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Florida House Democrats Walk Out on Immigration Leader Who Associates With White Nationalists

| January 26, 2017

Mark Krikorian, the executive director of the Center for Immigration Studies, right, in an appearance at the University of Virginia's Miller Center in 2014. (Miller Center)

Mark Krikorian, the executive director of the Center for Immigration Studies, right, in an appearance at the University of Virginia’s Miller Center in 2014. (Miller Center)

A House panel’s decision to hear Thursday from a speaker with a history of inflammatory statements about minorities and immigrants roiled the normal peaceful legislative committee week in Tallahassee, prompting Democrats to walk out of the hearing.

The controversy stemmed from a decision by the House Children, Families & Seniors Subcommittee to invite Mark Krikorian, the executive director of the Center for Immigration Studies, to testify during a discussion of resettling refugees, particularly those from war-torn Syria.

Krikorian’s organization has been linked to the white nationalist movement and has been the target of criticism from the Southern Poverty Law Center, an organization that monitors hate groups.

“This is racism, this is bigotry, this is hatred,” Rep. Bobby DuBose of Fort Lauderdale, the No. 2 Democrat in the House, said outside the meeting. “Mr. Krikorian’s invitation to speak today is an insult to myself, all of my colleagues who are minorities, and millions of Floridians we represent in our communities back home.”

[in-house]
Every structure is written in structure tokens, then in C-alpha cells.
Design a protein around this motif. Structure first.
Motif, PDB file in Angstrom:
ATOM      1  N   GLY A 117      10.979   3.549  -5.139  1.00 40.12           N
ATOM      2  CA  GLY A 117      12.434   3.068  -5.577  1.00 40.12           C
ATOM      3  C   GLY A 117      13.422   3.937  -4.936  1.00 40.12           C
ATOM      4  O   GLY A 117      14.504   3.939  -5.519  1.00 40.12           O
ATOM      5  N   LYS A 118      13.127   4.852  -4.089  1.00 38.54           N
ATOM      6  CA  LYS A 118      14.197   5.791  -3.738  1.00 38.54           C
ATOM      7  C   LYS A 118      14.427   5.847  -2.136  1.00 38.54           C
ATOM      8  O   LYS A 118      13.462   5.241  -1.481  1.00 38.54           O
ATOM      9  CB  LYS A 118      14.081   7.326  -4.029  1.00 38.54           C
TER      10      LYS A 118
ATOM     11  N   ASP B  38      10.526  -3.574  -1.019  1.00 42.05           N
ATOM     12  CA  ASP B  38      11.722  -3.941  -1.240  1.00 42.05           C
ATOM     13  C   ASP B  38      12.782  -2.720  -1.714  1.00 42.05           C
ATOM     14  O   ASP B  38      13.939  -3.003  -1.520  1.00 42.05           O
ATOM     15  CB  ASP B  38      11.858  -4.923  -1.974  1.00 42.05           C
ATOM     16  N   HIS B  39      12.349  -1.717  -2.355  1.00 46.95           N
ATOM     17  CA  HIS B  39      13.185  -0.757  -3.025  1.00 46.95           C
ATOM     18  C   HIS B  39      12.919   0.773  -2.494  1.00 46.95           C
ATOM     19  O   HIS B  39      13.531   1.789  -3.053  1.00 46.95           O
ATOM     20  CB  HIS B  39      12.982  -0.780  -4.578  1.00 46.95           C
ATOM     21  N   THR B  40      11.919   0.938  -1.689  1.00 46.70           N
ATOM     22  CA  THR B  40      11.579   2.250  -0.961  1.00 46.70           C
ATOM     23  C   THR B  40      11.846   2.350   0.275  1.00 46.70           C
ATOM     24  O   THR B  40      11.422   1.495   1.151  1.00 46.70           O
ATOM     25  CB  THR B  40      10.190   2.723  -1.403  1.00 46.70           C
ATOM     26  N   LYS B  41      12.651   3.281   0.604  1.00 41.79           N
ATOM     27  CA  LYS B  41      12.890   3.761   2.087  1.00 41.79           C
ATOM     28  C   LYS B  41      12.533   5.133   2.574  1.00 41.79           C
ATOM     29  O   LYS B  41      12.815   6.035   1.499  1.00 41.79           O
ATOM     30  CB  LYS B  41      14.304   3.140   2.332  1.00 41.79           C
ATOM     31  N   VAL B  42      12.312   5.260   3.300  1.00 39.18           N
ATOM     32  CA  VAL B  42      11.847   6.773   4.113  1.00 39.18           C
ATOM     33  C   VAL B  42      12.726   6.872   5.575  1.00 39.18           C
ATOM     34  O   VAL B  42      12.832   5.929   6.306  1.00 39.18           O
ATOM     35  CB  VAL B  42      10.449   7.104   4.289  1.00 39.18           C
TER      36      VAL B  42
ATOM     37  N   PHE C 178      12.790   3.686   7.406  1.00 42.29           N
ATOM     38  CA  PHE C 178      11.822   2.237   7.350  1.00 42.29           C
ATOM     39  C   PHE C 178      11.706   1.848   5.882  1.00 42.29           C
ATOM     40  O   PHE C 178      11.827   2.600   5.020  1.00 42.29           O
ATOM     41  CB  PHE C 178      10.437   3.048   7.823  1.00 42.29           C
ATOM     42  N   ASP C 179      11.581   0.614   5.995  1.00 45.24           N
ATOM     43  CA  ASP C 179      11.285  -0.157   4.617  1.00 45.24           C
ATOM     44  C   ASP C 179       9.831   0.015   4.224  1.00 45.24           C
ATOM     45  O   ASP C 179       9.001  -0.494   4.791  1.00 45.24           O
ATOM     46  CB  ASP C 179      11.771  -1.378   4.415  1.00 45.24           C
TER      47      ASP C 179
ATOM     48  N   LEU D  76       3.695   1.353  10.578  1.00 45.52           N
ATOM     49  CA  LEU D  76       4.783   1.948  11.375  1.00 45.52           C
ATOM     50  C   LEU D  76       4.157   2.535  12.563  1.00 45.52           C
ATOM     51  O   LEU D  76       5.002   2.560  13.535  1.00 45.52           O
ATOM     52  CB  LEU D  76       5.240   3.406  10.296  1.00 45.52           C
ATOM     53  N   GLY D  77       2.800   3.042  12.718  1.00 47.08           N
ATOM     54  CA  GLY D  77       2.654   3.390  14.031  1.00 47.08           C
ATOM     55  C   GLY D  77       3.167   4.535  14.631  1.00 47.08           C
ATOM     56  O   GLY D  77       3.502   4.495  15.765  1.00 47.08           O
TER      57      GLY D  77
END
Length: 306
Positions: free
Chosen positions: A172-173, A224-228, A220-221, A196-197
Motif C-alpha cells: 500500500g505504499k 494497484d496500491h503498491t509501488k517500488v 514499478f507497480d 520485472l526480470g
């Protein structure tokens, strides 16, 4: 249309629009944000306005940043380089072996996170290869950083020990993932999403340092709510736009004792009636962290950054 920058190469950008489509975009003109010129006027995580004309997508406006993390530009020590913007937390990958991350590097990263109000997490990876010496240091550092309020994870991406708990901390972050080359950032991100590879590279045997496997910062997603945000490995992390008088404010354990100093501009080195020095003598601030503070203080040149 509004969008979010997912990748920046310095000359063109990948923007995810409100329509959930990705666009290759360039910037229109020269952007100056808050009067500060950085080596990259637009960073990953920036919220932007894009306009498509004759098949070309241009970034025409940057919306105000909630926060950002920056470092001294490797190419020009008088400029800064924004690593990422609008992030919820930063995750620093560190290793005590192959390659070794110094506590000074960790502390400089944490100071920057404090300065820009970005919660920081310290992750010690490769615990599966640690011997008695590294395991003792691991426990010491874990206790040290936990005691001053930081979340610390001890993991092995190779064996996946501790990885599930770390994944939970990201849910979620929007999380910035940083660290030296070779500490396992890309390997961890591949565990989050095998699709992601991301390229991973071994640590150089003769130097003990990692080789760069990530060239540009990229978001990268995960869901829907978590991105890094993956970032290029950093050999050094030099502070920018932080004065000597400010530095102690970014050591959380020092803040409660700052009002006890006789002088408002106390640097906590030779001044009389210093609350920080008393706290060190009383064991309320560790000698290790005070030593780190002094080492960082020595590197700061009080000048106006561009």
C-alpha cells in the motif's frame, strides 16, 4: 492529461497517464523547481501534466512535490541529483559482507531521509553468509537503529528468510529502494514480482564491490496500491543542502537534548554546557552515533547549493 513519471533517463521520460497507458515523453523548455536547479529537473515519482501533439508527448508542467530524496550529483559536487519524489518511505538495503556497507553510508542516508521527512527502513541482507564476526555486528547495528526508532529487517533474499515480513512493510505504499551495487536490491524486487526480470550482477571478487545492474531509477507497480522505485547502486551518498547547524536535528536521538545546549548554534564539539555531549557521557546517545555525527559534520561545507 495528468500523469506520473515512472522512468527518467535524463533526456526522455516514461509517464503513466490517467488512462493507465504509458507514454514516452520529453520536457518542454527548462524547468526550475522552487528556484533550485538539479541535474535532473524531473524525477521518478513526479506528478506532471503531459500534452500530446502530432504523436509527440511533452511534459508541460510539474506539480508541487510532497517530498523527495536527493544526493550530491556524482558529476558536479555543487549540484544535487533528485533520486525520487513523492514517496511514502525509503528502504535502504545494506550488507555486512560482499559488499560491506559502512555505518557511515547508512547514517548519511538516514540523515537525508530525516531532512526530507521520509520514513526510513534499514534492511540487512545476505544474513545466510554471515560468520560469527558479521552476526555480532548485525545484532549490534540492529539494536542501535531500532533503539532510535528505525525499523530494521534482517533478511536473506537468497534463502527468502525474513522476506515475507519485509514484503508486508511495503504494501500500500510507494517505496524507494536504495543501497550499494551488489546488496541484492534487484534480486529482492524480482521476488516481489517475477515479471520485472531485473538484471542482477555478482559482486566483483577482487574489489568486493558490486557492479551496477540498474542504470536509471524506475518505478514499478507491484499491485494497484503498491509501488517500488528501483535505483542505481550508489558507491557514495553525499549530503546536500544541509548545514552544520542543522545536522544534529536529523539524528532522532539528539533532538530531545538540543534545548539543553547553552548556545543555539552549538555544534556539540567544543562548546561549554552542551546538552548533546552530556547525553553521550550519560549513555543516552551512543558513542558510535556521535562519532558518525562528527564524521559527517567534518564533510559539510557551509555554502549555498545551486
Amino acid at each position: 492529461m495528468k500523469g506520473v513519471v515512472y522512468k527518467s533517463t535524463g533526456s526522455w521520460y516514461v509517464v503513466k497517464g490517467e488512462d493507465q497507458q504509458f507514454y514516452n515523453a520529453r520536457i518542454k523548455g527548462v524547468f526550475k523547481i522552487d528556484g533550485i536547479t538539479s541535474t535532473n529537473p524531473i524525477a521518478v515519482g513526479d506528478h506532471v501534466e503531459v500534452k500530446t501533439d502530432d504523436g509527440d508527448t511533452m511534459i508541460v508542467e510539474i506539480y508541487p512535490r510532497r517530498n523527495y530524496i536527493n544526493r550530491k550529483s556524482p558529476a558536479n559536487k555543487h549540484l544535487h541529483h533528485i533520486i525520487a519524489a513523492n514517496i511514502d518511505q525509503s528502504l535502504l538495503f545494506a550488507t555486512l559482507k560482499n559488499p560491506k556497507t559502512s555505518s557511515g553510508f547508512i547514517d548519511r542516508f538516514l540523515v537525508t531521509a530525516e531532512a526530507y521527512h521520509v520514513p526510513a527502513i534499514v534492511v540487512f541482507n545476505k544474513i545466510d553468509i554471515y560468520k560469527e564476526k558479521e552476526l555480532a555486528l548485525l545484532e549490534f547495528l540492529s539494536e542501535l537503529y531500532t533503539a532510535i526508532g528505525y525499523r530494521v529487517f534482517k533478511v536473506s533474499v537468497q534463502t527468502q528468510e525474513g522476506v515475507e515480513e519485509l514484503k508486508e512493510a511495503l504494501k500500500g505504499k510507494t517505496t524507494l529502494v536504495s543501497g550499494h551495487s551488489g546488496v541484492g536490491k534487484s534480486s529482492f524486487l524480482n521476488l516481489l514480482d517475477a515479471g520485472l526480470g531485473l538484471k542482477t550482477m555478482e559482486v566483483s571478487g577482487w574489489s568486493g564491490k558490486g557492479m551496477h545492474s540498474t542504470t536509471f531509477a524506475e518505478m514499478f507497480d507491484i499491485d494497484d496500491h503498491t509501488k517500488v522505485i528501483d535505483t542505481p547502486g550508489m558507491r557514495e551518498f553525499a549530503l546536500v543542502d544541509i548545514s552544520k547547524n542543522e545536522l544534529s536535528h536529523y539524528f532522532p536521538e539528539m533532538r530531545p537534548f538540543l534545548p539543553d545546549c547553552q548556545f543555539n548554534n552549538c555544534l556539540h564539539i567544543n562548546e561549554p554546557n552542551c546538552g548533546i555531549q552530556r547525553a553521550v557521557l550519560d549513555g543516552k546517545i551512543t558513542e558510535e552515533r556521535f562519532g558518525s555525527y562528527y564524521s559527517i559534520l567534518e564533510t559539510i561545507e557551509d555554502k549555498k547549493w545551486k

Shortly after the walkout, Florida Democrats sent out an email attempting to fundraise off the blow-up.

“The GOP is already attacking the legislators who took a stand for us against bigotry and hate. That is why we need to raise another $25,000 to defend them against any attack that come(s) their way,” the email said.

Krikorian has frequently caused ripples with his commentary, both on Twitter and for publications and websites like the National Review’s online platform.

For example, in a 2010 blog post for the National Review Online, Krikorian wrote that one possible reason for Haiti being “so screwed up” is “because it wasn’t colonized long enough” when compared to other Latin American countries.

“But, unlike Jamaicans and Bajans and Guadeloupeans, et al., after experiencing the worst of tropical colonial slavery, the Haitians didn’t stick around long enough to benefit from it. … And by benefit I mean develop a local culture significantly shaped by the more-advanced civilization of the colonizers,” Krikorian wrote.

Earlier this month on Twitter, Krikorian responded to comments about civil rights from Democratic Congressman John Lewis, an icon of the civil-rights movement, by comparing Lewis to “the grown man who won the big game in high school and never stops talking about it.”